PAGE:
Is Obama Content to Let Russia Take the Lead in Syria?

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Is Obama Content to Let Russia Take the Lead in Syria?

In the past week, contacts between Turkish, Russian and Iranian officials have led to speculation that the countries are seeking an arrangement to end the Syrian conflict. Notably absent from the discussions has been the United States.

Following last week’s summit between Turkish president Recep Tayyip Erdogan and Russian president Vladimir Putin, Iranian foreign minister Mohammad Javad Zarif visited Ankara, where he met his Turkish counterpart Mevlut Cavusoglu. Both men affirmed that their countries would collaborate over maintaining Syria’s "territorial integrity", meaning they would oppose any Kurdish entity there.

On Monday, Turkish prime minister Binali Yildirim expressed optimism that the regional states could find a political solution in Syria. He proposed a three-point road map that could lead in that direction: the defence of Syria’s territorial unity, including the prevention of Kurdish plans to impose a federal structure; a reconstitution of the Syrian state, but not on sectarian, ethnic or geographical foundations; and a return of refugees in the context of a clear-cut plan.

Despite the hopefulness, the path towards a settlement in Syria remains extremely complicated. For one thing, there is still no agreement on the future of president Bashar Al Assad. Mr Yildirim’s comments on rebuilding Syria on foundations other than sect were specifically aimed at creating conditions for Mr Al Assad’s ultimate departure from power. But Russia and Iran have kept their intentions much vaguer.

Nor has regional harmony been visible in Aleppo. Turkey reportedly armed the rebels heavily before their recent counter-attack in the city. This allowed them to break the siege of its eastern neighbourhoods and encircle regime areas.

Meanwhile, Washington supports the very forces that Turkey and Iran oppose. The recent victory against ISIL in Manbij by the US-backed Syrian Democratic Forces, a Kurdish-Arab coalition dominated by the Kurds, rang alarm bells in Ankara and Tehran. They fear the Kurds, under the guise of fighting ISIL, will seek to unify Kurdish areas in northern Syria.

In an interview on Monday with Al Hayat, Salih Muslim, the head of the Kurdish Democratic Union Party, openly admitted that the Kurdish priority today was to move in the direction of Afrin, the western area of Kurdish control in northern Syria, not Raqqa, which the Americans prefer. Kurdish success would represent a red line for Turkey, but also Iran, as both countries fight Kurdish separatism at home.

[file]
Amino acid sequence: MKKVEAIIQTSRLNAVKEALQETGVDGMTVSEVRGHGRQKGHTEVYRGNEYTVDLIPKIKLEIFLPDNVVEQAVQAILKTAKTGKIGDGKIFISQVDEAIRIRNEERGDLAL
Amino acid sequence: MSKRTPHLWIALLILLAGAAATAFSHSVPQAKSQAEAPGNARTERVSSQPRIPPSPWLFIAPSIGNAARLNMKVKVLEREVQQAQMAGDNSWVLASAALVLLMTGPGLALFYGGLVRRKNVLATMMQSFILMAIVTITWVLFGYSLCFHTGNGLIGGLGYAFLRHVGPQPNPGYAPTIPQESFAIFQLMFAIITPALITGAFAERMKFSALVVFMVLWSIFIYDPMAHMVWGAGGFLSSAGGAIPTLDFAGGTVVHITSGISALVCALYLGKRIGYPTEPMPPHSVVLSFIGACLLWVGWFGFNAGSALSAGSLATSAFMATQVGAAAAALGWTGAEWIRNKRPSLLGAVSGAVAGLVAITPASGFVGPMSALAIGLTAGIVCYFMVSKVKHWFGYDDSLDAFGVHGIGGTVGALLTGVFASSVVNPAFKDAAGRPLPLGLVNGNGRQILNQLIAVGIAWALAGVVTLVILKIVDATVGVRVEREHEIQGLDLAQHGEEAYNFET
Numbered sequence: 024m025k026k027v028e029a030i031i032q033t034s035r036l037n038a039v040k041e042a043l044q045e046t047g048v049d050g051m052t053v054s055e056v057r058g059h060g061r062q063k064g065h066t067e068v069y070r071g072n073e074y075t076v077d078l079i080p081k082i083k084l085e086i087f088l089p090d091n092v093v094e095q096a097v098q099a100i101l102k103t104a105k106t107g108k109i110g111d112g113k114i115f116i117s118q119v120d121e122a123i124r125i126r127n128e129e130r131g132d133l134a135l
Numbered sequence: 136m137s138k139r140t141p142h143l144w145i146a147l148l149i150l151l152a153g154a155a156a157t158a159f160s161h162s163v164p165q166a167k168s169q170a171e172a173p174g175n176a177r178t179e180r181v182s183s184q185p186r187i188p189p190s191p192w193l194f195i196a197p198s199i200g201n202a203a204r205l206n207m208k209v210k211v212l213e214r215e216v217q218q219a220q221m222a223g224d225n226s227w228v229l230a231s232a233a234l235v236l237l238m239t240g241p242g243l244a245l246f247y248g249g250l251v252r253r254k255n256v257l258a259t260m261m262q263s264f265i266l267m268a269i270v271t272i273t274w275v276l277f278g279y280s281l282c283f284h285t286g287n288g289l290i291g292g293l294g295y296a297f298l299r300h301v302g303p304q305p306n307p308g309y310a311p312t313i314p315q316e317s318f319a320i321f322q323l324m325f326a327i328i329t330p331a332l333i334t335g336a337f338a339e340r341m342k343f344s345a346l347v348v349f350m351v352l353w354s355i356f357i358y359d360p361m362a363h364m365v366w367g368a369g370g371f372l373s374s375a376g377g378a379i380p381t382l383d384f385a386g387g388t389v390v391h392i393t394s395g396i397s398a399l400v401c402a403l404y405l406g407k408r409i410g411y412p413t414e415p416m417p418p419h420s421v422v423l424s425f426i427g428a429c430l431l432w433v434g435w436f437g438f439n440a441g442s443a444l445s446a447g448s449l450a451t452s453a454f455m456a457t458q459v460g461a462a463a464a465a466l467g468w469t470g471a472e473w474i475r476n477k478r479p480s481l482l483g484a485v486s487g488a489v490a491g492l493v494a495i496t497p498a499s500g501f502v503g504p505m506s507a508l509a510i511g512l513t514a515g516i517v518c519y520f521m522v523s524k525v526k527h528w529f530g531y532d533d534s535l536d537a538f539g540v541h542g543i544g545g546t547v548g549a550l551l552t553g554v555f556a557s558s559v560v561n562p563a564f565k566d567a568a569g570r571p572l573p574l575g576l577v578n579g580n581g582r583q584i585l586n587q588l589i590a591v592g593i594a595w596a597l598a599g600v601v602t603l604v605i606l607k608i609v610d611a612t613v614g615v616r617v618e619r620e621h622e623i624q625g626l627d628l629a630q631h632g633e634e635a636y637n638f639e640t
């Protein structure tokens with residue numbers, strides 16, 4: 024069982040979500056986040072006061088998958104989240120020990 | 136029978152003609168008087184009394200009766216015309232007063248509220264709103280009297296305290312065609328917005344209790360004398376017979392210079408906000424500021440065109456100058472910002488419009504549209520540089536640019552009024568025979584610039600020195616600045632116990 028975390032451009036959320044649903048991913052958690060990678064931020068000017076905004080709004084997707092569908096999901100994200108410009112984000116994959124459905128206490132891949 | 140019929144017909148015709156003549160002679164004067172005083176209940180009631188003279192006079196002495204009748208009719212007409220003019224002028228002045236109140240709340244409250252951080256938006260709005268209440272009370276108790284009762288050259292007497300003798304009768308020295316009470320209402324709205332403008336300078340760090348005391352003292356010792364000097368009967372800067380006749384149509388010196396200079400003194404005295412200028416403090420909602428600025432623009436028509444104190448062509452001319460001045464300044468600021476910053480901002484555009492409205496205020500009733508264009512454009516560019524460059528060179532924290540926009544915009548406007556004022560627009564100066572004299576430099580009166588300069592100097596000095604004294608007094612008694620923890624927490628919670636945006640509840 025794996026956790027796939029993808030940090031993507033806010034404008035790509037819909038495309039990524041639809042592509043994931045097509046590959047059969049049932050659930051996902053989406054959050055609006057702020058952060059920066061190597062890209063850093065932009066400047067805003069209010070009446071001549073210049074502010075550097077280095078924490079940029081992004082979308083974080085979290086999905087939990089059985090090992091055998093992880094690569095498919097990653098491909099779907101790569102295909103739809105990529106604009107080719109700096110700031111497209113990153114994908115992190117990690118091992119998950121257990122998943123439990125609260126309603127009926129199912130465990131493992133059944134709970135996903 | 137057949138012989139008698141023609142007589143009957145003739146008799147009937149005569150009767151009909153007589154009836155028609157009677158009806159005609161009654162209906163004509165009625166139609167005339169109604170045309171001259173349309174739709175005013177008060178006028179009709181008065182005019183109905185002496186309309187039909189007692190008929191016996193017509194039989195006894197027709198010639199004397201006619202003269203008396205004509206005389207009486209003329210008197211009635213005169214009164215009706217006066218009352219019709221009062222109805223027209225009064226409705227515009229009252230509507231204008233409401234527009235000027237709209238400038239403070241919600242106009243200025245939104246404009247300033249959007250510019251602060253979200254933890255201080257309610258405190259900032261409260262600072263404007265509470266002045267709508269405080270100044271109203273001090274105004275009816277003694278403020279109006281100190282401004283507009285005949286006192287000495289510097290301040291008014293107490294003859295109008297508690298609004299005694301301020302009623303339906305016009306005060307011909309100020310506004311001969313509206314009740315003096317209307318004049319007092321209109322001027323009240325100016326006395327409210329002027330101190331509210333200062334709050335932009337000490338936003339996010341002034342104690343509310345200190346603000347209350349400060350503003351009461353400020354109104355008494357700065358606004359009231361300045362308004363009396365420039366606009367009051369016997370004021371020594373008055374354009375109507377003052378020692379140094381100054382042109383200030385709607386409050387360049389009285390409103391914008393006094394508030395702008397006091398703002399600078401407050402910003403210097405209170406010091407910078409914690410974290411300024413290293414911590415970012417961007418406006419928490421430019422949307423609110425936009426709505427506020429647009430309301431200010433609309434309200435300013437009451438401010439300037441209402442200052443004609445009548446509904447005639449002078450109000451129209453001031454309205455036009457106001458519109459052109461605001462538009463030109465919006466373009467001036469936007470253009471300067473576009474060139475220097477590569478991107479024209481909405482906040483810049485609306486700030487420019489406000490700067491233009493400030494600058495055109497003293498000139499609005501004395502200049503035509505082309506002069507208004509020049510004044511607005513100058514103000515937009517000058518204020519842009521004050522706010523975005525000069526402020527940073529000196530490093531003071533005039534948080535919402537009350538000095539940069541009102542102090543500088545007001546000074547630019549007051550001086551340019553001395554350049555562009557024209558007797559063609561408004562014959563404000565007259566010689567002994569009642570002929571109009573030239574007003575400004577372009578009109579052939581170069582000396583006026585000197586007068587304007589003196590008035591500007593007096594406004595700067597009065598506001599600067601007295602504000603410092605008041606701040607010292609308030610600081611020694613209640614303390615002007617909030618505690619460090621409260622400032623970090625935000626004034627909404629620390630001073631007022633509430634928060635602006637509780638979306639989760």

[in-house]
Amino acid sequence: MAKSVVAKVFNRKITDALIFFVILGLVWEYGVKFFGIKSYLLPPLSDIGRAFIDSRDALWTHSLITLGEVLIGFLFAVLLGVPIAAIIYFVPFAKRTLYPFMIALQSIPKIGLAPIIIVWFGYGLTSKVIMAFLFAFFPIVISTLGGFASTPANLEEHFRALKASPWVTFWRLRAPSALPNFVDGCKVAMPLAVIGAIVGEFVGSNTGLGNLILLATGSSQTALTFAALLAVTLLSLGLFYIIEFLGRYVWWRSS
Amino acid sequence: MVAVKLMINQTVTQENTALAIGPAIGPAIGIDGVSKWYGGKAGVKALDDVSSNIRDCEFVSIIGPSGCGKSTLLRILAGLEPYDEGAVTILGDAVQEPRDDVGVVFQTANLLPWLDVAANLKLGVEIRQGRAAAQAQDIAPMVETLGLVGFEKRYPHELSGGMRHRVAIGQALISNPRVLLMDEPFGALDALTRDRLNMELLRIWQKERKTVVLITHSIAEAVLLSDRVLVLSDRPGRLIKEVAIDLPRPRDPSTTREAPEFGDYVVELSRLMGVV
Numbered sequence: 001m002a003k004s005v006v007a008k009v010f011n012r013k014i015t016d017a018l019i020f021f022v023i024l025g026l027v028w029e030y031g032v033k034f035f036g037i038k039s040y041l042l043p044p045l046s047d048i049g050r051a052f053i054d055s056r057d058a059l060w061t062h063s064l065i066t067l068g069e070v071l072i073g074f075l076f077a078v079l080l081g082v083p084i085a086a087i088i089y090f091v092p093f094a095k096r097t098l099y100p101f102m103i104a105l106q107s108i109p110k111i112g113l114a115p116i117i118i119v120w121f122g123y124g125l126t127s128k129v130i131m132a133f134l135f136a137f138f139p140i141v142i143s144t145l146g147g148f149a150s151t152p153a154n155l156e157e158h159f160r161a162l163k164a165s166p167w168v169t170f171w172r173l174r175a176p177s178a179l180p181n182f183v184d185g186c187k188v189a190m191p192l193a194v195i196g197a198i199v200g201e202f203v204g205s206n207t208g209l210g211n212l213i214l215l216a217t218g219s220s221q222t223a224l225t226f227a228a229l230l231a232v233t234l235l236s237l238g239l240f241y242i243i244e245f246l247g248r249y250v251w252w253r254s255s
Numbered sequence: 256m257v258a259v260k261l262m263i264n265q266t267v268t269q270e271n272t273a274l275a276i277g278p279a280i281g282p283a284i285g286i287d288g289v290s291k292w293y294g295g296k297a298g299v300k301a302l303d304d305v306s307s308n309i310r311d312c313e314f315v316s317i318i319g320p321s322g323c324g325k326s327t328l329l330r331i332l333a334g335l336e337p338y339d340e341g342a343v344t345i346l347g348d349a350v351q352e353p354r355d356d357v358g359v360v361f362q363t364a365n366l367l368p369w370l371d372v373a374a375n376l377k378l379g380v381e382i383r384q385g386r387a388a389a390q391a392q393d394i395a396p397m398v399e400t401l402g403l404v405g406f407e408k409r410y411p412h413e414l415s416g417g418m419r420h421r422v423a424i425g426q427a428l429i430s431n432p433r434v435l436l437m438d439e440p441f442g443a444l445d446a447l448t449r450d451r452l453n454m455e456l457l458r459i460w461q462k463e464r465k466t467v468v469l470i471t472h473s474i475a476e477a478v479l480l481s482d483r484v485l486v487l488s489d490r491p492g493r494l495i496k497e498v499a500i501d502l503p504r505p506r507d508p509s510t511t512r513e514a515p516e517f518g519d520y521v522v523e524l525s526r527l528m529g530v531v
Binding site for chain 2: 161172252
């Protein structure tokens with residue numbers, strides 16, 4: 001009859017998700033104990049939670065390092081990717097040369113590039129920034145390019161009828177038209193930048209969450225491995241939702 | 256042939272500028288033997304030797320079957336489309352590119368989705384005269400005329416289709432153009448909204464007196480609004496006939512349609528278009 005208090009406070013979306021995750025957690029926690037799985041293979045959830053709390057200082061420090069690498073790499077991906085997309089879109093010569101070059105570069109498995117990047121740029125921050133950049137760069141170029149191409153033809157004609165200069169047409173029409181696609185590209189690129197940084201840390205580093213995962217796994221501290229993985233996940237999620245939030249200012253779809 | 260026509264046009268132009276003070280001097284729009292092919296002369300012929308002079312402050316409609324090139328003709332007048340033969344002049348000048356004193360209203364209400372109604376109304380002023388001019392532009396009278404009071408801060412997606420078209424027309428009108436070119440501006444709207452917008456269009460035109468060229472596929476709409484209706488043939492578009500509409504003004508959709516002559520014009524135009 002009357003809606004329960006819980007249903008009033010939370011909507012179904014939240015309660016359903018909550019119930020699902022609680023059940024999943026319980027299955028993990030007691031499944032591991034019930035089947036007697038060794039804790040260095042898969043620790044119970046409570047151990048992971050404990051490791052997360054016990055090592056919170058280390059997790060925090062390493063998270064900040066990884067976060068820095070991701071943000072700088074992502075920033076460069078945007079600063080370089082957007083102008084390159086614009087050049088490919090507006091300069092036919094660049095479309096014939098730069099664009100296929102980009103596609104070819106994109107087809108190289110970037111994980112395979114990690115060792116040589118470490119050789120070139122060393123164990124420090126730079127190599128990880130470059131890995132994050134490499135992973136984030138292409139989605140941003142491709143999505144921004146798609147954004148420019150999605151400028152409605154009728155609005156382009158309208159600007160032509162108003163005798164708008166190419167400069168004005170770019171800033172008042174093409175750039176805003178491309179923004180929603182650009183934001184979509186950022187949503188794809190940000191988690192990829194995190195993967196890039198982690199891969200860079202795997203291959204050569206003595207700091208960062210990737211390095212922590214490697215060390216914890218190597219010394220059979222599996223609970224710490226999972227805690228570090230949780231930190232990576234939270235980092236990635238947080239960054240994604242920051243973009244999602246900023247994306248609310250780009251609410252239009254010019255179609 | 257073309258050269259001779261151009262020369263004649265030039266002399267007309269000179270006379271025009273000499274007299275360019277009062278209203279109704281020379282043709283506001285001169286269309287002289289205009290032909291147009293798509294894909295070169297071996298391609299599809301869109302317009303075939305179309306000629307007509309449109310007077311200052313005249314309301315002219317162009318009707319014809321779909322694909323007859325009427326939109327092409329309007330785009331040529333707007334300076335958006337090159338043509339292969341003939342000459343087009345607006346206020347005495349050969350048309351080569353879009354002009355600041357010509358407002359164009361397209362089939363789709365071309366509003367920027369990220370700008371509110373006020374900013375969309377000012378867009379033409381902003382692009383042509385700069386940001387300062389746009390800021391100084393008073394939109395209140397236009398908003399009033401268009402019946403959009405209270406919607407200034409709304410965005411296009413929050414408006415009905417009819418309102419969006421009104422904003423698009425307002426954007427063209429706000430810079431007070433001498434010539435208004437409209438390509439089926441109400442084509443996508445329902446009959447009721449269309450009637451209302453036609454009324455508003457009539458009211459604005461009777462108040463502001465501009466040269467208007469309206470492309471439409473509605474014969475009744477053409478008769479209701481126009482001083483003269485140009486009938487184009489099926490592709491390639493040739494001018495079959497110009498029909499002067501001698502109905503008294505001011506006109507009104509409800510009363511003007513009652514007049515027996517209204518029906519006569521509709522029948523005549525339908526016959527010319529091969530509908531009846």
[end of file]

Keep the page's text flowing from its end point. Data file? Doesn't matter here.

Now that Manbij has fallen the Turks have asked the United States to oblige the Kurds to withdraw east of the Euphrates. How the Americans will manage the conflicting interests of the different forces in Syria, while also keeping up the pressure on ISIL, is unclear. But president Barack Obama will soon be leaving office, so resolving that problem may be someone else’s task.

However, one thing this new reality has already shown is that the ISIL-focused strategy of the Obama administration has allowed other states to circumvent it in any diplomatic moves over Syria. It’s remarkable that the secretary of state, John Kerry, is still officially pursuing the Geneva process, at a time when regional contacts may be moving beyond it.

Last weekend, Iran’s deputy foreign minister said that Iran and Turkey had agreed to a general framework for a resolution in Syria. It included preserving the country’s sovereignty and territorial integrity and establishing an expanded Syrian government to allow Syrians themselves to decide on the future of their country. No mention was publicly made of Mr Al Assad’s fate, a cornerstone of Geneva.

That the United States is not a direct party to the talks suggests its ability to shape the outcome in Syria is limited. Washington’s relations with Turkey, Iran and Russia have been turbulent lately, and Mr Kerry has struggled to defend American priorities. For an Obama administration that claims to be "realist" politically, the fact is that, for now, the United States appears not to be at the table.

With a coalition forming to oppose Kurdish gains in Syria, the Americans may soon find that their stakes in the country will be challenged directly. This comes at a time when the Russians have indicated they intend to turn Syria’s Hmeimim airbase into a full-fledged Russian military facility and expand its infrastructure. Mr Putin may see an opening to push the United States out of the eastern Mediterranean.

That may not bother Washington, which would probably regard Russia as a counterweight to Iran in an area where the Obama administration believes it has few strategic interests beyond Israel. But American minimalism may not please Mr Obama’s successor, who will have trouble clawing back the influence America once enjoyed.

Many regional countries have begun to regard Russia as essential to the outcome of regional crises, where for decades that role had been reserved for the United States. That may be what Mr Obama wants, but no country should ever take pleasure in its own marginalisation.

Source: The National

Author: Michael Young